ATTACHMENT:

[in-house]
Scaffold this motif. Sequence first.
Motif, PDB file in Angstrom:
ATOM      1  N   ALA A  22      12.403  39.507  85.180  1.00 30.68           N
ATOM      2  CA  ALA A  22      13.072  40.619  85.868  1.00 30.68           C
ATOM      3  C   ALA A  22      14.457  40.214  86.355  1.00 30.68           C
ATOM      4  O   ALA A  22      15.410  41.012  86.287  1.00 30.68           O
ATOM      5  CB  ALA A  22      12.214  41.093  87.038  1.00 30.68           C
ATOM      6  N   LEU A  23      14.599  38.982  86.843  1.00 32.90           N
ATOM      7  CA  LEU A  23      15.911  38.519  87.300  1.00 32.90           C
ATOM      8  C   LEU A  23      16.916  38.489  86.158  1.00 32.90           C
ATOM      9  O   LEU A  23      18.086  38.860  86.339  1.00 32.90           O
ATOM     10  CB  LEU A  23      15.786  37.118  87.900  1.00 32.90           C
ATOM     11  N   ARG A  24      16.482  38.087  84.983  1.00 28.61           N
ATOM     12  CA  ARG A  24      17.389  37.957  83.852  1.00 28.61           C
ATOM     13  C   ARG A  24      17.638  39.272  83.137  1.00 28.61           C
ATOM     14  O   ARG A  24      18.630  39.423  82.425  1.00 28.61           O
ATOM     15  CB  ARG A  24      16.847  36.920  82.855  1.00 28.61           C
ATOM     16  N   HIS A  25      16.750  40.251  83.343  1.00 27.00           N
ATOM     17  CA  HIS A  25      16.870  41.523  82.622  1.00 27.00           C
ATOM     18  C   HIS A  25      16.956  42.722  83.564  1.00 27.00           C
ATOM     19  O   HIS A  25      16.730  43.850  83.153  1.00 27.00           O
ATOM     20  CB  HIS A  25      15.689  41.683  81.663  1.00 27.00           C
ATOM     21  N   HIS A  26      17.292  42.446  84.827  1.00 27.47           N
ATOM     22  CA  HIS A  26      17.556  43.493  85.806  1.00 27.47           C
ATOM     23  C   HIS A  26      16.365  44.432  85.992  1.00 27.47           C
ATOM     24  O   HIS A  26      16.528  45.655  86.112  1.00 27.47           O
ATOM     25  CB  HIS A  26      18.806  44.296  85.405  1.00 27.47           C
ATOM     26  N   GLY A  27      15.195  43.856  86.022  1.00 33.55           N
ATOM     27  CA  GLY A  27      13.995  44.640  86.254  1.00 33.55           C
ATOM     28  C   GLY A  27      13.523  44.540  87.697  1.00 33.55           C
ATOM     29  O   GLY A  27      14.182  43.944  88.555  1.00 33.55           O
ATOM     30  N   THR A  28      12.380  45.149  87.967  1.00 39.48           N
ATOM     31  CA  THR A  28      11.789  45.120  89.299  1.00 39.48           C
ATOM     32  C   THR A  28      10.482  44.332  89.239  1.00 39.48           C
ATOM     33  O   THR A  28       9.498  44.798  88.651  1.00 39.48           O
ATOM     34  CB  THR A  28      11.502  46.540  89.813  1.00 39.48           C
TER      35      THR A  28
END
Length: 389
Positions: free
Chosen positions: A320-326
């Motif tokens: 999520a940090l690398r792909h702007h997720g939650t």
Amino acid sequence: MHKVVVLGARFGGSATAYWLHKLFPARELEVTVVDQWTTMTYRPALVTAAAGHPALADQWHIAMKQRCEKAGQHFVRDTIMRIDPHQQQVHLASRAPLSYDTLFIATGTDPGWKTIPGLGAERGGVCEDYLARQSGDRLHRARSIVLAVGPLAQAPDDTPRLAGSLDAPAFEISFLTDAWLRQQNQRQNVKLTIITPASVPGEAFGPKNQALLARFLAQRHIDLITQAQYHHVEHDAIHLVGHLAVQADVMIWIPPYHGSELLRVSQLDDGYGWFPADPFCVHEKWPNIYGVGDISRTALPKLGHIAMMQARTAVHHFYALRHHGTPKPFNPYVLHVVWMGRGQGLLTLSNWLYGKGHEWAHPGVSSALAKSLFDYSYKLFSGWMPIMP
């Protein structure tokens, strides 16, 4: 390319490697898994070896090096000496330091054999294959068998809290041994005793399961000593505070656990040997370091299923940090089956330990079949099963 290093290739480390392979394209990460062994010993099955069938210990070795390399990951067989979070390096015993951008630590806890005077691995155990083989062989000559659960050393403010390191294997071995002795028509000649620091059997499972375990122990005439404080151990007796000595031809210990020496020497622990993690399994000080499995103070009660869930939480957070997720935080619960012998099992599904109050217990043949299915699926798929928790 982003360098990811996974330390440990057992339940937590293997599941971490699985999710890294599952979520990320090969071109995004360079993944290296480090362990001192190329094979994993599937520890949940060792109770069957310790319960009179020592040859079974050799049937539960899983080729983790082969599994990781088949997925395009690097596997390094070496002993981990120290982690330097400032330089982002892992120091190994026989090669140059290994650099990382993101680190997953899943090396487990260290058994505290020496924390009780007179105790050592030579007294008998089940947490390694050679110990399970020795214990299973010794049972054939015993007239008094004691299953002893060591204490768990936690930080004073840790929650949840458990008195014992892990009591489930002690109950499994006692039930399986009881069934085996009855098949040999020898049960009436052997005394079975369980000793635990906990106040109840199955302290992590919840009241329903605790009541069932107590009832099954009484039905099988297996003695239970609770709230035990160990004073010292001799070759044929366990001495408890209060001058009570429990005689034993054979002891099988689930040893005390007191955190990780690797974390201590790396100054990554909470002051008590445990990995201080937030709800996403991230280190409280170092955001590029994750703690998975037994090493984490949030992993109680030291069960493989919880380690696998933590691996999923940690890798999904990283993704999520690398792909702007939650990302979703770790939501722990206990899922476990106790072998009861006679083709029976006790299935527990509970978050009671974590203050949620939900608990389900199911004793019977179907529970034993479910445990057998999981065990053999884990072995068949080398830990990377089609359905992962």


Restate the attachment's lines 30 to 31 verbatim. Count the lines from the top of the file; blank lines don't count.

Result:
ATOM     27  CA  GLY A  27      13.995  44.640  86.254  1.00 33.55           C
ATOM     28  C   GLY A  27      13.523  44.540  87.697  1.00 33.55           C